His goal was to write a truly “Negro” poetry without perpetuating racial stereotypes. However, the poet’s “mother,” who speaks in the voice of the African- American teaches him he need not abandon that tradition in order to write poetry. All poetry, she says, need not be about “crystal stairs.” It can have “tacks” and “splinters” in it, “and places with no carpet on the floor.” It need not conform to white conventions in either form or subject — it can be “bare”–yet it need not ignore those conventions if they can be of use (In fact, the line, “And life for me ain’t been no crystal stair” is written in iambic pentameter, the most traditional of English poetic meters). The poet discovers, from listening to his mother-muse, a way to bring the African-American experience into poetry. He finds a way to move forward, to keep climbing.
Cross References to Mother to Son:
In another famous Hughes poem, entitled “The Negro Mother,” we find a similar speaker in a similar dramatic situation. . . .In “The Negro Mother,” which was written some years after”Mother to Son,” the speaker also tells her children about the “dark” and difficult “climb” she has faced in her life and suggests that her struggles will make those of her children easier to bear. But in the later poem, Hughes makes explicit the connection between the speaker and larger issues of African- American culture, as the figure of “The Negro Mother” comes to be seen not simply as an old woman talking to her children, but as, in some sense, the voice of African-American history itself, recounting its arduous struggle “that the race might live and grow.” In the same way, we can see the speaker of “Mother to Son” as representing a kind of collective voice, the voice of the generations of African-Americans whose troubled history–from the slave-ships, to the plantations, to Reconstruction, to the Great Migration to the urban North–“ain’t been no crystal stair.”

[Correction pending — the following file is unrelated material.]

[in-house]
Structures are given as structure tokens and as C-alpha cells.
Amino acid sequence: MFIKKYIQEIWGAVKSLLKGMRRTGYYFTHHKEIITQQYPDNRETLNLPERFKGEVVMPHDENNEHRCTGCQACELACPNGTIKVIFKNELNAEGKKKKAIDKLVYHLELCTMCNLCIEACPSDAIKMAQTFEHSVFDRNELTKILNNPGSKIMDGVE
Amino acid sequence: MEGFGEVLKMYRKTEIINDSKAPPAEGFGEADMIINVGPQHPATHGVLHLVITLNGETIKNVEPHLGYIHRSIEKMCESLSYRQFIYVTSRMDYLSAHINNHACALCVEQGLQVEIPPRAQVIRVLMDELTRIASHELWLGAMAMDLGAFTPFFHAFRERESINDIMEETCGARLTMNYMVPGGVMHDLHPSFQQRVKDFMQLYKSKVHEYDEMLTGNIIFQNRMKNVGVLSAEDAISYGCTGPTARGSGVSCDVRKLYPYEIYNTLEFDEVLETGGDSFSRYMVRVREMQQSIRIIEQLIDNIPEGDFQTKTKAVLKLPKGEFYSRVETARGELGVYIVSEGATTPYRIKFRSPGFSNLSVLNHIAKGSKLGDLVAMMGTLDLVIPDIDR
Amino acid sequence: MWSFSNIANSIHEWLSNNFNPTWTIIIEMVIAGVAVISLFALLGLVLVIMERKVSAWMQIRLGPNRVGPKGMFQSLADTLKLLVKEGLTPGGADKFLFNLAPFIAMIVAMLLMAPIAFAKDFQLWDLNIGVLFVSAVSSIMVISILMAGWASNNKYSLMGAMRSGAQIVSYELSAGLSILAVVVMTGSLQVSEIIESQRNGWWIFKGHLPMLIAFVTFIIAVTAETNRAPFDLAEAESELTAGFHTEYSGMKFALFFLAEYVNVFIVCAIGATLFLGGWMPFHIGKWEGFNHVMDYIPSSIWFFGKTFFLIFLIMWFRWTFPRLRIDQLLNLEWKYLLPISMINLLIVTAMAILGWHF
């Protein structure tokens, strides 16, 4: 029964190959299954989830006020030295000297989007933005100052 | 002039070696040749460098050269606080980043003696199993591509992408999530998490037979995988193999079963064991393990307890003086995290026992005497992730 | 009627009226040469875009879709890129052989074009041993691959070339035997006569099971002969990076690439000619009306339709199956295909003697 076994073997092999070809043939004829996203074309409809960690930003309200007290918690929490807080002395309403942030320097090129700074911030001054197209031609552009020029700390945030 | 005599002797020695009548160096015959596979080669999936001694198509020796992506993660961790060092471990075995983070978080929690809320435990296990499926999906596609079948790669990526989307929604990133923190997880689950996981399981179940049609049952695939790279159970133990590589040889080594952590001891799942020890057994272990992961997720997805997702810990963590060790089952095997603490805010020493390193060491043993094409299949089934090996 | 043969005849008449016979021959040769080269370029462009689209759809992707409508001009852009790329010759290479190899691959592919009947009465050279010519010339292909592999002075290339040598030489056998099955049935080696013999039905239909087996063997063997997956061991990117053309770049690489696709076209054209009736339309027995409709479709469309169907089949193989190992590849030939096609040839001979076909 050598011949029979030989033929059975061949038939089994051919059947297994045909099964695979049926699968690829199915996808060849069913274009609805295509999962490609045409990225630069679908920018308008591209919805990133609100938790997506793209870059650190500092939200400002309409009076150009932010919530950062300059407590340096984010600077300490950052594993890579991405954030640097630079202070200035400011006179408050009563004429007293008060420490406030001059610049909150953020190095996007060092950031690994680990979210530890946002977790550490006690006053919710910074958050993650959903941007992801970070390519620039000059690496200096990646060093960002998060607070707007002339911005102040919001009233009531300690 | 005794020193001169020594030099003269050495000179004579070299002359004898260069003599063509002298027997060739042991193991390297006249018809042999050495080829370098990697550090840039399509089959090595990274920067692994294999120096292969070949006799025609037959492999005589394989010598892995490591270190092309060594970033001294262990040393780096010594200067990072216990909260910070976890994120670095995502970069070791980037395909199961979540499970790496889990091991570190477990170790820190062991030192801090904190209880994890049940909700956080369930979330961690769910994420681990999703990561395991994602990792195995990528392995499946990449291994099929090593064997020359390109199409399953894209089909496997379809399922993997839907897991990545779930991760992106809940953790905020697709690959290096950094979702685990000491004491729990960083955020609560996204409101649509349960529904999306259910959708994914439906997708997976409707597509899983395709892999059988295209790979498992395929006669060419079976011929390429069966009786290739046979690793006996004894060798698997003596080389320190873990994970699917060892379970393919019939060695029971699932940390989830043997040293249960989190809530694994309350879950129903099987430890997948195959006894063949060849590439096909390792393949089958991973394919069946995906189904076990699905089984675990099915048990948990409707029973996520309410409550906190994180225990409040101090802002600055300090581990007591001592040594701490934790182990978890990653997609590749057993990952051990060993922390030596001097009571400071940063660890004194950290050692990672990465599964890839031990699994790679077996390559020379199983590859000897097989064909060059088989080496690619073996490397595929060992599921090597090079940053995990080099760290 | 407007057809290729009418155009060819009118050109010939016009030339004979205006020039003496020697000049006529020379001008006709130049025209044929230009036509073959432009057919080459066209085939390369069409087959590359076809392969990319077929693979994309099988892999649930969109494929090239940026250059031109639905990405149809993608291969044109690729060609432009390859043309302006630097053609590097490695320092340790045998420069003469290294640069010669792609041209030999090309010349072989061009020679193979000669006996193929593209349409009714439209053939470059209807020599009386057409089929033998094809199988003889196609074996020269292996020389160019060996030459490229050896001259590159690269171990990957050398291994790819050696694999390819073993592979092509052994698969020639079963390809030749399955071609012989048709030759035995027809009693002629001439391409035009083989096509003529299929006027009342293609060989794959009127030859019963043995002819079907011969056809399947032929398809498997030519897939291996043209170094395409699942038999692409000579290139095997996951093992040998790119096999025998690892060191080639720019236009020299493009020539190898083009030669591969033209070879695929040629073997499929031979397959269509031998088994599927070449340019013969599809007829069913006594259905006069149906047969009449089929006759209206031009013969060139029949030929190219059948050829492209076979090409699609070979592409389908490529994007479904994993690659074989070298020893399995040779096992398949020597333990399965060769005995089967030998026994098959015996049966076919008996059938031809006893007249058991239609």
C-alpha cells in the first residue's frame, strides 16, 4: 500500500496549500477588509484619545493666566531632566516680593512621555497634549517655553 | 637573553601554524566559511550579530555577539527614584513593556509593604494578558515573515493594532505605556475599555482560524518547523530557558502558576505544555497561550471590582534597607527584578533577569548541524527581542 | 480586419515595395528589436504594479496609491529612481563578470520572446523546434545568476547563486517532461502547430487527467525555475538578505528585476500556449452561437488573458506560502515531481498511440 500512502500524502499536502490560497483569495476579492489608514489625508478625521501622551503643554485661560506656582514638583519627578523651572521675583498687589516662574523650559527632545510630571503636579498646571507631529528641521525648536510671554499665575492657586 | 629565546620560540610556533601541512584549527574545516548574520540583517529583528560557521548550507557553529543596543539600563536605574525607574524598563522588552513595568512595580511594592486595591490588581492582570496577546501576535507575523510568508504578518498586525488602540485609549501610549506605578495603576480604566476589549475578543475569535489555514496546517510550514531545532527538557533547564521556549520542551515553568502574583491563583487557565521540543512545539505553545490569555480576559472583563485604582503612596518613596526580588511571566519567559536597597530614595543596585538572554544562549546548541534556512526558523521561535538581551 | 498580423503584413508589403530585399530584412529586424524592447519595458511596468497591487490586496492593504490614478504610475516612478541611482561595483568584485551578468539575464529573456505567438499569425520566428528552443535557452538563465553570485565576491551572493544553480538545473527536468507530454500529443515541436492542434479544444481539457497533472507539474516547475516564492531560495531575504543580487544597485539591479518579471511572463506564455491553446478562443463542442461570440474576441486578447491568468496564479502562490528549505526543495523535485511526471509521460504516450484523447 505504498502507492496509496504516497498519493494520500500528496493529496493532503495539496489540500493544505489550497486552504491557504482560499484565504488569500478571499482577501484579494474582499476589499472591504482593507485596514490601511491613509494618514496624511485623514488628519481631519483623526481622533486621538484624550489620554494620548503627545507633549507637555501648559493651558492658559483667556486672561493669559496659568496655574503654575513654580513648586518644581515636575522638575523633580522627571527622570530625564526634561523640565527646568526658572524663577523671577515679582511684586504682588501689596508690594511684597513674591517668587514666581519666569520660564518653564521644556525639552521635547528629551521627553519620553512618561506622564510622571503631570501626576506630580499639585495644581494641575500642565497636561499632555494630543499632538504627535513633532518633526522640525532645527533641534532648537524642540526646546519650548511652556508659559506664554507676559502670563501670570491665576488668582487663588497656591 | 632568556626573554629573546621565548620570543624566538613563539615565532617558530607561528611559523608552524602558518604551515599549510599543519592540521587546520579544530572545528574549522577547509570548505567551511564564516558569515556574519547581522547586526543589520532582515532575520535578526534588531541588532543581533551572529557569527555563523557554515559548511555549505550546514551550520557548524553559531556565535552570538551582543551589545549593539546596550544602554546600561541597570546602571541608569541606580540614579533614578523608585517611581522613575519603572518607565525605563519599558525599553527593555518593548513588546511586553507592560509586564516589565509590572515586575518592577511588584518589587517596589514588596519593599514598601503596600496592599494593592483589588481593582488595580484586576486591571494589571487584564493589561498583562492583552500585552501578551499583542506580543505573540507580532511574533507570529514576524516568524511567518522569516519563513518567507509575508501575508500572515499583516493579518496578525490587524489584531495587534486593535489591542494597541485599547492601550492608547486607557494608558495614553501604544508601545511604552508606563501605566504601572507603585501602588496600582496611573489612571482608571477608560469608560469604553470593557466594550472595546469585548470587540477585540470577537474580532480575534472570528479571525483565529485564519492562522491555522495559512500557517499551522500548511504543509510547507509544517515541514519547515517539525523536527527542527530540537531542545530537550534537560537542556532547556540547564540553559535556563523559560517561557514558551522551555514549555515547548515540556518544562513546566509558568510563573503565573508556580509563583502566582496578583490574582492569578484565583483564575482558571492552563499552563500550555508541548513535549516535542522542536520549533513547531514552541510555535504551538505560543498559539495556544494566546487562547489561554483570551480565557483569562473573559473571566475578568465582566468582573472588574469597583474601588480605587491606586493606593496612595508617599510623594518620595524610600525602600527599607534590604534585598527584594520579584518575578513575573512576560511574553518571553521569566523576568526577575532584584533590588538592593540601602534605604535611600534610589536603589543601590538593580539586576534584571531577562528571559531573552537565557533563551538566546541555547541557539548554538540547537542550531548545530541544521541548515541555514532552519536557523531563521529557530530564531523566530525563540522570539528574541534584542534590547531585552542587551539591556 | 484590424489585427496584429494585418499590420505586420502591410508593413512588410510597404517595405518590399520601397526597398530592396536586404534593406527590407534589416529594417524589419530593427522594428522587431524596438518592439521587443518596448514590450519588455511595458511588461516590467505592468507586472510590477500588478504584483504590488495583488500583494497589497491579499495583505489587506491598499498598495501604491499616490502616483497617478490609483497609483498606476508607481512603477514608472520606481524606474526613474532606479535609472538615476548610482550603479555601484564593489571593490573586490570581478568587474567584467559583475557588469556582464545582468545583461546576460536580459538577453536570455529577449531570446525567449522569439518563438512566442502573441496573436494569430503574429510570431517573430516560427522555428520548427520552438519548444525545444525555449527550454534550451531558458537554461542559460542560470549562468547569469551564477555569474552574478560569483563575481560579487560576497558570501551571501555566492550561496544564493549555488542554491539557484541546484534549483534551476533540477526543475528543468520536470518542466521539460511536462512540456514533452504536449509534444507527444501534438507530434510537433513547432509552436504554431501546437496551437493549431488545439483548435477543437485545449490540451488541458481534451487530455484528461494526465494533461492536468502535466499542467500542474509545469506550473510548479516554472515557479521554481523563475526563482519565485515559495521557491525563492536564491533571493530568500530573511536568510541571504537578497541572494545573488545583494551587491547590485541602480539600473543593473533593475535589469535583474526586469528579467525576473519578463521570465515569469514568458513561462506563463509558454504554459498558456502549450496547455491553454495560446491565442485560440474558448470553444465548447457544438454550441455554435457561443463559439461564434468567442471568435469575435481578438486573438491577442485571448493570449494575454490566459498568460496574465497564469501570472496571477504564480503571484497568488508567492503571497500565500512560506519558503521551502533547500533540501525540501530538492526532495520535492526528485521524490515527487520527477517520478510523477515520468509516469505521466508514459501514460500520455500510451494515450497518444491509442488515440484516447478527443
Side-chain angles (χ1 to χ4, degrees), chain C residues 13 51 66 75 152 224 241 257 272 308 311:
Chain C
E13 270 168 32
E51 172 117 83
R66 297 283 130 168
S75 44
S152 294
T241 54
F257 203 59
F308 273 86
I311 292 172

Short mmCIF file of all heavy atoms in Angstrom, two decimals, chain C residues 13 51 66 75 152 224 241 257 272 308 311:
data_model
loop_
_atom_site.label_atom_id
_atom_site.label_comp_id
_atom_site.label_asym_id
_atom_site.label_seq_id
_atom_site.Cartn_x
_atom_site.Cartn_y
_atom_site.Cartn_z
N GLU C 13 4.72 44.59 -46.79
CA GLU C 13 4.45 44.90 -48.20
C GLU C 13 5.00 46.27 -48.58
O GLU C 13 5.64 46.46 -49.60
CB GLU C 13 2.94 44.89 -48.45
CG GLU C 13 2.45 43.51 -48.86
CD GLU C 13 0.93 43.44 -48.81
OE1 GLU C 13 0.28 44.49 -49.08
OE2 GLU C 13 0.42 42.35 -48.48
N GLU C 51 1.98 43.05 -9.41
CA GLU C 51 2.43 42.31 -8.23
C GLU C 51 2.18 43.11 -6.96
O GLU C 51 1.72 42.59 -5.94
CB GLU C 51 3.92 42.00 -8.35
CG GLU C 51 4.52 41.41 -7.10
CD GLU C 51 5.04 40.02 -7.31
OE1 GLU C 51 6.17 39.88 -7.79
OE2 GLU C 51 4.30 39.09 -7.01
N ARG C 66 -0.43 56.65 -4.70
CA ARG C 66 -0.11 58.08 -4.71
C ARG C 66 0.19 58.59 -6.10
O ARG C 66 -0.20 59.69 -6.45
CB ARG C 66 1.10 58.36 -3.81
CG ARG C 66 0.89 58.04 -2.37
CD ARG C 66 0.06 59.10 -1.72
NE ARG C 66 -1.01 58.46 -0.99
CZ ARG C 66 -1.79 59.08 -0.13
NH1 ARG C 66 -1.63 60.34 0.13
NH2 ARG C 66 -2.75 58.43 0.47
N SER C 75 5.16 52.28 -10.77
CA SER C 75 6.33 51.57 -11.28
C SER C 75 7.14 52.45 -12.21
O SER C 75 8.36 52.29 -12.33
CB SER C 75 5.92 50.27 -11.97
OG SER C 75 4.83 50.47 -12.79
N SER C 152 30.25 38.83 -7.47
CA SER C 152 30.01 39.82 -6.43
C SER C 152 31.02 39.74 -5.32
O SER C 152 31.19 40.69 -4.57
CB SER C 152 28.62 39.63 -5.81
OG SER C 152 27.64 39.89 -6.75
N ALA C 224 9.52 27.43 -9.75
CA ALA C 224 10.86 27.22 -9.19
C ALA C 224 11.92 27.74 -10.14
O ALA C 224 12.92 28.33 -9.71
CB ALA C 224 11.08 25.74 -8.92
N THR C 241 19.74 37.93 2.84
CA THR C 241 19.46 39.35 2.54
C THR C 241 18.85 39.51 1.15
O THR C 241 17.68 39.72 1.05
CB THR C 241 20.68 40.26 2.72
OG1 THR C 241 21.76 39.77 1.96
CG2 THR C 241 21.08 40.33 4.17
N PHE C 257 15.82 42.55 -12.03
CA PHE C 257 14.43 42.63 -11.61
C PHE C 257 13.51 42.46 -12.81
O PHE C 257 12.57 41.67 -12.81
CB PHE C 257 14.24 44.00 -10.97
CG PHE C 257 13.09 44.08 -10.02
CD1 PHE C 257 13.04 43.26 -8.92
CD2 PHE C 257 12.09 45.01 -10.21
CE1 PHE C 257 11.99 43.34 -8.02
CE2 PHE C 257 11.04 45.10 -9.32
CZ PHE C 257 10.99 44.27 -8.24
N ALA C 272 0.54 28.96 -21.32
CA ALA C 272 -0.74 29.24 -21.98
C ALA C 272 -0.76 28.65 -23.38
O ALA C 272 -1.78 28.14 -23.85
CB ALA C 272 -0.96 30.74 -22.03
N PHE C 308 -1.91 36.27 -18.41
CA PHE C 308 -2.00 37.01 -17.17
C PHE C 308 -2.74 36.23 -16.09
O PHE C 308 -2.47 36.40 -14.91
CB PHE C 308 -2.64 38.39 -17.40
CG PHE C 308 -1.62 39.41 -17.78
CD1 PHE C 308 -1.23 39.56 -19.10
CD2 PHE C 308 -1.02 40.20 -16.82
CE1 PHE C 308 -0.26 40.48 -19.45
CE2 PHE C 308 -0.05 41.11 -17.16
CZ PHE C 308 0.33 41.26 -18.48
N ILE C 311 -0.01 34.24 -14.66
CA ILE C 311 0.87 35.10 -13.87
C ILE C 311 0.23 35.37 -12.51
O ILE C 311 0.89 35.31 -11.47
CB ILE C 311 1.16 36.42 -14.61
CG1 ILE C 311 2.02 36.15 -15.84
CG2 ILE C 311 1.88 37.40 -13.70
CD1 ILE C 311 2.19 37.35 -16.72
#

In the image of ‘stairs,’ we hear an echo of the Biblical story of Jacob’s Ladder (Genesis, chapter 28, verses 10-22), in which Jacob sees in a dream a vision of a celestial stairway upon which angels climb and descend between earth and heaven. In the dream, God tells Jacob, “This land on which you are lying I will give to you and your descendants [and] they will be as countless as the dust of the earth.” That land would become Israel and Jacob’s sons, the Israelites. This story held an abiding significance within the African-American Christian tradition–especially in the pre- Civil-War slave-holding South–as it spoke to a faith that, like the Israelites, black Americans too would be delivered to a “Promised Land.” The heavenly stairway became a powerful image of liberation and salvation, attainable only through suffering and faith in God. Hughes, along with most African-Americans of his time, would have been very familiar with the associations of Jacob’s Ladder with the struggle for freedom and equality of blacks in America, especially in its expression in one of the best-known traditional spirituals, “We Are Climbing Jacob’s Ladder.” This song, which would have been sung first in the fields and later in churches, involves a call-and-response between a singer and a chorus not unlike the relationship of Hughes’s mother and son. It speaks of climbing “higher and higher” to become “soldiers of the Lord,” includes the exhortation “Keep on climbing, we will make it,” and ends with the question, “Children do you want your freedom?”
In this light, it becomes easy to see Hughes’s mother figure as something like a racial matriarch addressing her scattered children and exhorting them to “keep on climbing” on their way to freedom. It also shows us how Hughes uses a single image, the “crystal stair,” to evoke simultaneously the painful history of blacks in America while pointing to the tradition of faith and hope that has sustained them through it all.